print ("Starting try block...")
	x = 10/5
	print ("The try-block has finished executing!")
except:
	print("Your code has an error in it!")

print("Exiting...")

OUTPUT

Starting try block...
The try-block has finished executing!
Exiting...

Here

  • the try-block finished executing without an error
  • lines 2 and 4 get printed in the output
  • except block is skipped since no exception was raised
  • the program exits printing line-8

Code with error

try:
	print ("Starting try block...")
	x = 10/0
	print ("The try-block has finished executing!")
except:
	print("Your code has an error in it!")

print("Exiting...")

OUTPUT

Starting try block...
Your code has an error in it!
Exiting...

Here

  • the try-block started executing
  • line-2: print (“Starting try block…”) ran without issues and we see that in the output.
  • line-3: x = 10/0 raised an exception as it is not possible to divide by zero.
  • Python stopped executing the try block and jumped to the except block.
  • line-6: print(“Your code has an error in it!”) gets executed and we see that in the output
  • the program exits printing line-8

I hope with this example the picture below makes much more sense!

It is worth mentioning that this section only scratched the surface of how to use the except block, if you wish to wield the power of except like a pro, I suggest setting 30mins time aside for the following articles!

Exceptions in Python: Explained for Beginners!

Python catch multiple exceptions

Python: “except Exception as e” Meaning Explained!

Alright, it’s time to move on to the last piece of the puzzle: the else block!

else

The else statement is an optional but a very handy keyword that we can use with the try-except statements.

The else block is closely related to the except block. The picture below shows their relationship.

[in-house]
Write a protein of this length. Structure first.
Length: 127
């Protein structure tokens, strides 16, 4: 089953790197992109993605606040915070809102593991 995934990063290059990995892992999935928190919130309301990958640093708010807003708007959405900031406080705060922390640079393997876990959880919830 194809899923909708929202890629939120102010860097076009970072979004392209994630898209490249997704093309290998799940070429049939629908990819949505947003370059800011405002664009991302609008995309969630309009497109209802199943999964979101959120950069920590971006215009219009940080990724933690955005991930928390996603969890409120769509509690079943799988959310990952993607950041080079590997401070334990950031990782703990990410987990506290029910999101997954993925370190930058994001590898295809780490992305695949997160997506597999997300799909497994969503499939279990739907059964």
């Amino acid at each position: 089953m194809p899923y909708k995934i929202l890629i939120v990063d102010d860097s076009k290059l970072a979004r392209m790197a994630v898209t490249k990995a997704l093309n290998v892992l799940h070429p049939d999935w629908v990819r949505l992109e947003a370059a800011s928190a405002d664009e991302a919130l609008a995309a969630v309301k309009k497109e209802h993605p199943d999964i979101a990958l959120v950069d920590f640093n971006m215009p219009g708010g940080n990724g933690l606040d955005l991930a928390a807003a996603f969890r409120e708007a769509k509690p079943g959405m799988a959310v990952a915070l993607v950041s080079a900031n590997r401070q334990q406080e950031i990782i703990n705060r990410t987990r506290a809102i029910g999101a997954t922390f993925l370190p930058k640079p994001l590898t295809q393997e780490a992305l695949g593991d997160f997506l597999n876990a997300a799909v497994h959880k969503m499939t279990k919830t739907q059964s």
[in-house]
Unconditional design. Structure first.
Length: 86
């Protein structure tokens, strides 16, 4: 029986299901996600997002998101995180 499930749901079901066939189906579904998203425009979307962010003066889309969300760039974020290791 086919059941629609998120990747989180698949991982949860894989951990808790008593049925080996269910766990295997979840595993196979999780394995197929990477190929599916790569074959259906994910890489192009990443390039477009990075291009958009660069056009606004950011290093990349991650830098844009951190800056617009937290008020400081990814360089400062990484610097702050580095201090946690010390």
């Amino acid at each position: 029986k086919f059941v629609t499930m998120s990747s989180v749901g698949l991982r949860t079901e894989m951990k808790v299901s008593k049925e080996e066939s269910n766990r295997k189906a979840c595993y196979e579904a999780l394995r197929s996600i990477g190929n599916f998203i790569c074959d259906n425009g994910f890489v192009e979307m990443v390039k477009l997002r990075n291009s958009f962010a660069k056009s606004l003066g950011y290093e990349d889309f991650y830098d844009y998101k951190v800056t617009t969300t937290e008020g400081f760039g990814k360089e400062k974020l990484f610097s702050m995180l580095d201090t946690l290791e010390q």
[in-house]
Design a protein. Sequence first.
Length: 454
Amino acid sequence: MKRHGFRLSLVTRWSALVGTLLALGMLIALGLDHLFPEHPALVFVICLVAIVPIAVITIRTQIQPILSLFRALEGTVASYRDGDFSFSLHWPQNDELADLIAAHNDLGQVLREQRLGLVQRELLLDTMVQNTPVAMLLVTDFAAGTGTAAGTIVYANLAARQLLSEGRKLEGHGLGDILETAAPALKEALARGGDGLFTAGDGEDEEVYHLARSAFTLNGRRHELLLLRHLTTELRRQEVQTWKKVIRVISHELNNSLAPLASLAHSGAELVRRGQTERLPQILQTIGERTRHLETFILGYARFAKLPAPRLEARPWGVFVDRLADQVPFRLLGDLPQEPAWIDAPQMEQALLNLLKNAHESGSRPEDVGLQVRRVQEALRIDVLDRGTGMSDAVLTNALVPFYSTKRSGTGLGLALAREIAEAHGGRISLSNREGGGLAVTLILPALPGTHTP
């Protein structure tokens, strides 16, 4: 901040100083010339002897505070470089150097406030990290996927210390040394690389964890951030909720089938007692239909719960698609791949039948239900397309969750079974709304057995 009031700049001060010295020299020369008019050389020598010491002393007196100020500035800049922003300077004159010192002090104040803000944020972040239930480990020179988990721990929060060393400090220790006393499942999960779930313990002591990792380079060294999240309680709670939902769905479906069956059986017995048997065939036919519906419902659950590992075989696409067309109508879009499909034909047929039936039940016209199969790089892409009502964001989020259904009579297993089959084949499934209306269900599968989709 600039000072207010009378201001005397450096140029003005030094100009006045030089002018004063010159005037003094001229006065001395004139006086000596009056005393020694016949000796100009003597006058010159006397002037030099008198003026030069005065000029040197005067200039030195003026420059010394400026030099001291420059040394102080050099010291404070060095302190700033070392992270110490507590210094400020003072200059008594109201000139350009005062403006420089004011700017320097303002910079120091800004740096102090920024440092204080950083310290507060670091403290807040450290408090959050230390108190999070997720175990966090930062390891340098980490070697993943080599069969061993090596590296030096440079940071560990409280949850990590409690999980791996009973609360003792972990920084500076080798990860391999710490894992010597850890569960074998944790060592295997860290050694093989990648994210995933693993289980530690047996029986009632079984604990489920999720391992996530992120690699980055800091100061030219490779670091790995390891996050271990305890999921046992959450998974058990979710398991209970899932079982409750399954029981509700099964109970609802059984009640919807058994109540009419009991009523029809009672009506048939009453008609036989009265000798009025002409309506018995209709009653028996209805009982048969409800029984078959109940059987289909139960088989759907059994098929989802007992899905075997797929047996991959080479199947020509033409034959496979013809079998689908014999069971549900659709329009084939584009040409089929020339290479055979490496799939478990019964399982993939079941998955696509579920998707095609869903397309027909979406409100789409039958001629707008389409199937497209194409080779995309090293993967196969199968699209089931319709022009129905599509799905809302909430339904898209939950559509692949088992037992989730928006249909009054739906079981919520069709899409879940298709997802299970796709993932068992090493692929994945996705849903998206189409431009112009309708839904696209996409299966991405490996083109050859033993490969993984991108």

Here is an easy way to remember this

If there is an exception then except block is executed

Elseelse” block is executed

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Let us have a look at an example with all 3 keywords to see how they work together!

a = int(input("Please enter the first number: "))
b = int(input("Please enter the second number: "))
try:
    result = a/b
    print("Try block finished executing without an error")
except ZeroDivisionError:
    print("Error: Invalid input, you cannot divide a number by 0.")
else:
    print("result = ", result)

print("Exiting...")

OUTPUT#1: NO ERRORS

Please enter the first number: 8
Please enter the second number: 2
Try block finished executing without an error
result =  4.0
Exiting...

Here

  • a = 8 and b = 2
  • line-4 calculates the result to be 8/2 = 4
  • line-5 gets executed and prints “Try block finished executing without an error
  • except block is skipped as there was no exception raised in the try block
  • else block gets executed and the result is printed as 4.0
  • exits the program printing line-11

Now let us see what happens in case there is an error.

OUTPUT#1: EXCEPTION RAISED IN TRY BLOCK

Please enter the first number: 8
Please enter the second number: 2
Try block finished executing without an error
result =  4.0
Exiting...

This time

  • a = 8 and b = 0
  • line-4 in the try calculates tries dividing 8 by 0, but as you know dividing by zero is not allowed in math and this raises a ZeroDivisionError exception
  • Python then jumps to line-6, skipping line-5
  • prints the error message in line-7
  • skips the else block as this time there was an error
  • exits the program printing line-11

Now that we have mastered the topic of try-except-else, let us have another look at the table from the beginning of the article

tryHolds the code that might raise an exception
exceptHolds the code to be run in case the try block raises an error
elseHolds the code to be executed if the code in the try block did not raise any error.

I hope everything makes sense at this point!

There is one more keyword you need to learn which goes together with try, except, and else which is the finally keyword. We have covered that in another article, I suggest that one for your next read so that you can finally master all 4 of these awesome tools!

Python: “try-except-else-finally” Usage Explained!

And with that, I will end this article.

Congratulations on making it to the end of the article, not many have the perseverance to do so!

I hope you enjoyed reading this article and found it useful!

Feel free to share it with your friends and colleagues!

If your thirst for knowledge has not been quenched yet, here are some related articles that might spark your interest!

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Python: “try-except-else-finally” Usage Explained!

Thanks to Namazi Jamal for his contributions in writing this article!